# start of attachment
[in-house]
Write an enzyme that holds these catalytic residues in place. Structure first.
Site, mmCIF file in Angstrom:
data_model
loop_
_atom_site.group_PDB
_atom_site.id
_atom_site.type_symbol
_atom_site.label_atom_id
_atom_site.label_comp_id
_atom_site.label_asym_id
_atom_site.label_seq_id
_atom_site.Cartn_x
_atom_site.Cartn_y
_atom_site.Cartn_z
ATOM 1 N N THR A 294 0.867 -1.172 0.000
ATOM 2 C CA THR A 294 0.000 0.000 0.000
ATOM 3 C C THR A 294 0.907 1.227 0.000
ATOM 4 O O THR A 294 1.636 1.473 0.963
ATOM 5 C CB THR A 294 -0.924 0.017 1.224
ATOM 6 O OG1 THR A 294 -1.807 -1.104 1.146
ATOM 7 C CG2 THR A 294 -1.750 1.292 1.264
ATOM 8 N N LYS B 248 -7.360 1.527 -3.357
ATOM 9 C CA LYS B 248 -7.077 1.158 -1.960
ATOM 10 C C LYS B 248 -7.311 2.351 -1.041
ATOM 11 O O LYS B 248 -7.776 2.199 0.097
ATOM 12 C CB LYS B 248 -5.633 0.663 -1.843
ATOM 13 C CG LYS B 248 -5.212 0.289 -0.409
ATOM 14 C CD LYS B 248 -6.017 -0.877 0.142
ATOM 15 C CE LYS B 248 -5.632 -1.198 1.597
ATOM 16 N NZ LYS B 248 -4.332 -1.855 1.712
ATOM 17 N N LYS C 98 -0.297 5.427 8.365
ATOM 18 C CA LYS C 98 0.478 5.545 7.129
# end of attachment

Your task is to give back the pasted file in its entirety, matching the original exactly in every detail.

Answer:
[in-house]
Write an enzyme that holds these catalytic residues in place. Structure first.
Site, mmCIF file in Angstrom:
data_model
loop_
_atom_site.group_PDB
_atom_site.id
_atom_site.type_symbol
_atom_site.label_atom_id
_atom_site.label_comp_id
_atom_site.label_asym_id
_atom_site.label_seq_id
_atom_site.Cartn_x
_atom_site.Cartn_y
_atom_site.Cartn_z
ATOM 1 N N THR A 294 0.867 -1.172 0.000
ATOM 2 C CA THR A 294 0.000 0.000 0.000
ATOM 3 C C THR A 294 0.907 1.227 0.000
ATOM 4 O O THR A 294 1.636 1.473 0.963
ATOM 5 C CB THR A 294 -0.924 0.017 1.224
ATOM 6 O OG1 THR A 294 -1.807 -1.104 1.146
ATOM 7 C CG2 THR A 294 -1.750 1.292 1.264
ATOM 8 N N LYS B 248 -7.360 1.527 -3.357
ATOM 9 C CA LYS B 248 -7.077 1.158 -1.960
ATOM 10 C C LYS B 248 -7.311 2.351 -1.041
ATOM 11 O O LYS B 248 -7.776 2.199 0.097
ATOM 12 C CB LYS B 248 -5.633 0.663 -1.843
ATOM 13 C CG LYS B 248 -5.212 0.289 -0.409
ATOM 14 C CD LYS B 248 -6.017 -0.877 0.142
ATOM 15 C CE LYS B 248 -5.632 -1.198 1.597
ATOM 16 N NZ LYS B 248 -4.332 -1.855 1.712
ATOM 17 N N LYS C 98 -0.297 5.427 8.365
ATOM 18 C CA LYS C 98 0.478 5.545 7.129